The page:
Finishing school is tough – you’ll miss your friends, those funny free periods, and maybe even some teachers. But one of the toughest things about finishing school is facing uncertainty about your future.
If you’re having difficulty choosing between university and an apprenticeship, we’ve put them up against each other to try and make the differences between them clear, and help you choose what may be the right career path for you.
What you will learn
At university I chose to study English literature. And although I feel this taught me a lot about humanity, organisation, and certainly (a lot of) writing, this was not something that came up all the time in interviews. The work experience I did afterwards, the events I helped run in between essays, and the little self-improvements I made strengthened my career prospects. However, degrees such as chemistry or culinary arts come with a clear career path, and may get you using your practical skills more than your theoretical knowledge. In a career, there is a growing importance in showing you are able to do something, rather than simply knowing about it.
There are obviously no apprenticeships in topics like English literature. But if you want a career that relies on experience and practical knowledge, an apprenticeship will immerse you quickly into the role. Accounting and law firms are approaching apprenticeships as a great way to hire new talent to get them immersed in the practical knowledge they need straight away, and in fast-moving sectors like IT or digital marketing, what you learn in the first year of university can quickly become outdated by the time you start working.
Every day, we get ex-students contacting us who struggle to find jobs due to a lack of practical knowledge. Unfortunately, it’s much harder to get an apprenticeship after a degree, as graduates are excluded from government funding. However, you can still move on from an apprenticeship through to a degree if you prefer gaining the best of both worlds.
There are always fears about low employment numbers after graduates get their degree, but let’s take a look at the statistics. The most recent statistics show that 93.2% of university graduates were in employment and/or further study six months after graduating. This is definitely a very healthy figure, but what are those 93% actually doing? A study by Accenture found out that 60% of 2015 graduates said they were underemployed – and weren’t doing the job that their degree had set them up for.
You will hear plenty of different stories about employment from university – some people who struggled, some that didn’t, and some that went into an unpaid internship, which gives a good (but short) insight into a career. A lot of the time, that’s what university learning can lack – an experience of the real working world, and what’s expected of you.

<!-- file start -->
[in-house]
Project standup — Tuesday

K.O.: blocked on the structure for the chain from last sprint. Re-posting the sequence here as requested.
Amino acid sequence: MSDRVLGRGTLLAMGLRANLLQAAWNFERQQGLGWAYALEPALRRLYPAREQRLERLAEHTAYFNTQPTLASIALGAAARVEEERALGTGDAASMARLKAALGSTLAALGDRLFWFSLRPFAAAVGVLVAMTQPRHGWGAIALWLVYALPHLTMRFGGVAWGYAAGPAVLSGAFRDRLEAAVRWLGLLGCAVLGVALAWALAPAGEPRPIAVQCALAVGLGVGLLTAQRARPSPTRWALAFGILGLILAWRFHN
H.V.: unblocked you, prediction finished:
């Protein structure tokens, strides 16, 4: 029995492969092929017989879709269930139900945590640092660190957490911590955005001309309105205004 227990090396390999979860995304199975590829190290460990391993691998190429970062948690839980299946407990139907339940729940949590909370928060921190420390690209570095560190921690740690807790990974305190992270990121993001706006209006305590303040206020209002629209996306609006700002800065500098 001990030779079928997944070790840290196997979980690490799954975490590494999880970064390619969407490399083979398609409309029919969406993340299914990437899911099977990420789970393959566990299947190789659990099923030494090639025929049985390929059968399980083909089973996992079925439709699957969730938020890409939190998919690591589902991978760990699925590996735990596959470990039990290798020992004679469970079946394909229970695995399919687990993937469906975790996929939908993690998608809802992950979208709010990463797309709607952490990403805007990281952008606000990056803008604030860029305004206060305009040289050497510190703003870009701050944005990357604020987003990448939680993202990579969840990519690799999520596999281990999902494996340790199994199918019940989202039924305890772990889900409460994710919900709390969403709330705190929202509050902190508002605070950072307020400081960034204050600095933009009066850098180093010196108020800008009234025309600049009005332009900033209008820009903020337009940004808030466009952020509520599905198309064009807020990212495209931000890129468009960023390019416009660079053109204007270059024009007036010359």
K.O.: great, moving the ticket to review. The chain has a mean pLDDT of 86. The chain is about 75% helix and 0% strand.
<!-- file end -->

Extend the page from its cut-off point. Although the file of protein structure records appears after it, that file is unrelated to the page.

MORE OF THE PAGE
According to stats gathered by the national apprenticeship service, after finishing, 90% of apprentices stayed in employment, with 2% self-employed. 71% also stayed with the same employer after their apprenticeship.
Apprenticeships are also not just for students who didn’t get the grades to go to university. There are many apprenticeships at huge companies, which have strong competition for places but look amazing on your CV, such as Jaguar, IBM, and Microsoft.
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Costs and earnings
The minimum apprenticeship wage of £3.40 may seem low, but many employers are willing to pay more to ensure they’re getting the right learner. Also, bear in mind that your foot in the door will mean pay rises over time, especially if you impress in the role enough to get a full time position. Continuing onto a higher level apprenticeship could also mean you score £50,000 more than many graduates.
However, stats show that university graduates can earn as much as £100,000 more than non-graduates over an average working life. Of course, that largely depends on where you graduated, and what degree you gained.
A degree comes with a lot of prestige, but you also have to consider the debt at the end of it – up to £35,000 on tuition fees alone, and maintenance fees to pay your bills and rent on top of that, could put you in around £70,000 in debt.
With an apprenticeship, you aren’t paying to get an education – instead, you are getting paid to get an education.
Fun and Social life
I had plenty of fun at university, with an abundance of free time and only 8 hours of lectures and workshops a week. You can be socialising at events and societies, and meeting like-minded people your age who could be friends for life. You could also spend the majority of your free time being lazy and nursing a hangover. I will always cherish some of my university memories, but I’m also aware that I could have pushed myself a little further to meet people who could have maximised my opportunities in the future.
An apprenticeship will still give you plenty of social opportunities, but you will be interacting with colleagues of all different ages, backgrounds, and levels of experience. Just because you’re at work, doesn’t mean you won’t have plenty of fun around the office and social events too. You also have a great chance to make contacts from different companies at events, as well as often interactions over phone and email. Besides, the next time you’re meeting up with your uni friends, you’ll be the one who has the money to buy drinks!
Of course, your decision will count on multiple factors, including how good the degree is and how good the apprenticeship is, and secondly, how both match your learning style and the career you want to go into.
In the end, the decision is completely up to you – but don’t forget to explore your options first.